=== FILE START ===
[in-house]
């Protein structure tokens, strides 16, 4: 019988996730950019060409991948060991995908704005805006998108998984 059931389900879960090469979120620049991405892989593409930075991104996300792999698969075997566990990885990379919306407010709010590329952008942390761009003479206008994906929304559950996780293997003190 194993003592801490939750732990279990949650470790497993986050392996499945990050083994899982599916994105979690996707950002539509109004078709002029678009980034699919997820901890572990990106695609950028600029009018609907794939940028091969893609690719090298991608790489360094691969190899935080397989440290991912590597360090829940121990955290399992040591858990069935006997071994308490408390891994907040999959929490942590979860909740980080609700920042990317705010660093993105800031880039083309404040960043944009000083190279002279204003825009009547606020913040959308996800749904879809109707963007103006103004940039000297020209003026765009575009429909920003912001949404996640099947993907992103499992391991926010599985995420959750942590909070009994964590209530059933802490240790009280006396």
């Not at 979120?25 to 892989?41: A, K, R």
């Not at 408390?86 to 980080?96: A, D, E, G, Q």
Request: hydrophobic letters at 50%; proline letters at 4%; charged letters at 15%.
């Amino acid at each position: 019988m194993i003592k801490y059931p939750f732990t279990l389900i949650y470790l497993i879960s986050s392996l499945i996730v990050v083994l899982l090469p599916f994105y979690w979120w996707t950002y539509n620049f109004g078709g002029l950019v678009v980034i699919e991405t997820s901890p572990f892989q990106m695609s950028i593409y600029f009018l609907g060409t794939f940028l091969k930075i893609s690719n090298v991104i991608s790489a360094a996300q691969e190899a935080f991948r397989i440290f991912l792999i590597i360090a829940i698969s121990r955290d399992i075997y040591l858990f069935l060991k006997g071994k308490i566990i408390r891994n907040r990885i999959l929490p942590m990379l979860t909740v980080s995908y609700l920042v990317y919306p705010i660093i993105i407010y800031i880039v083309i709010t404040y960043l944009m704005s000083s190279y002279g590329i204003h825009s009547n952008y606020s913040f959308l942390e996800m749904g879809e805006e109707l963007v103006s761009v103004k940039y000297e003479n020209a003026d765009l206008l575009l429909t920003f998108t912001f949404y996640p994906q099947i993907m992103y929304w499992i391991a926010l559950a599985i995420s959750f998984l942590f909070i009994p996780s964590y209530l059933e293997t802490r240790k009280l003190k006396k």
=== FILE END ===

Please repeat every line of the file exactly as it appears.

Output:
[in-house]
């Protein structure tokens, strides 16, 4: 019988996730950019060409991948060991995908704005805006998108998984 059931389900879960090469979120620049991405892989593409930075991104996300792999698969075997566990990885990379919306407010709010590329952008942390761009003479206008994906929304559950996780293997003190 194993003592801490939750732990279990949650470790497993986050392996499945990050083994899982599916994105979690996707950002539509109004078709002029678009980034699919997820901890572990990106695609950028600029009018609907794939940028091969893609690719090298991608790489360094691969190899935080397989440290991912590597360090829940121990955290399992040591858990069935006997071994308490408390891994907040999959929490942590979860909740980080609700920042990317705010660093993105800031880039083309404040960043944009000083190279002279204003825009009547606020913040959308996800749904879809109707963007103006103004940039000297020209003026765009575009429909920003912001949404996640099947993907992103499992391991926010599985995420959750942590909070009994964590209530059933802490240790009280006396």
């Not at 979120?25 to 892989?41: A, K, R």
């Not at 408390?86 to 980080?96: A, D, E, G, Q």
Request: hydrophobic letters at 50%; proline letters at 4%; charged letters at 15%.
């Amino acid at each position: 019988m194993i003592k801490y059931p939750f732990t279990l389900i949650y470790l497993i879960s986050s392996l499945i996730v990050v083994l899982l090469p599916f994105y979690w979120w996707t950002y539509n620049f109004g078709g002029l950019v678009v980034i699919e991405t997820s901890p572990f892989q990106m695609s950028i593409y600029f009018l609907g060409t794939f940028l091969k930075i893609s690719n090298v991104i991608s790489a360094a996300q691969e190899a935080f991948r397989i440290f991912l792999i590597i360090a829940i698969s121990r955290d399992i075997y040591l858990f069935l060991k006997g071994k308490i566990i408390r891994n907040r990885i999959l929490p942590m990379l979860t909740v980080s995908y609700l920042v990317y919306p705010i660093i993105i407010y800031i880039v083309i709010t404040y960043l944009m704005s000083s190279y002279g590329i204003h825009s009547n952008y606020s913040f959308l942390e996800m749904g879809e805006e109707l963007v103006s761009v103004k940039y000297e003479n020209a003026d765009l206008l575009l429909t920003f998108t912001f949404y996640p994906q099947i993907m992103y929304w499992i391991a926010l559950a599985i995420s959750f998984l942590f909070i009994p996780s964590y209530l059933e293997t802490r240790k009280l003190k006396k």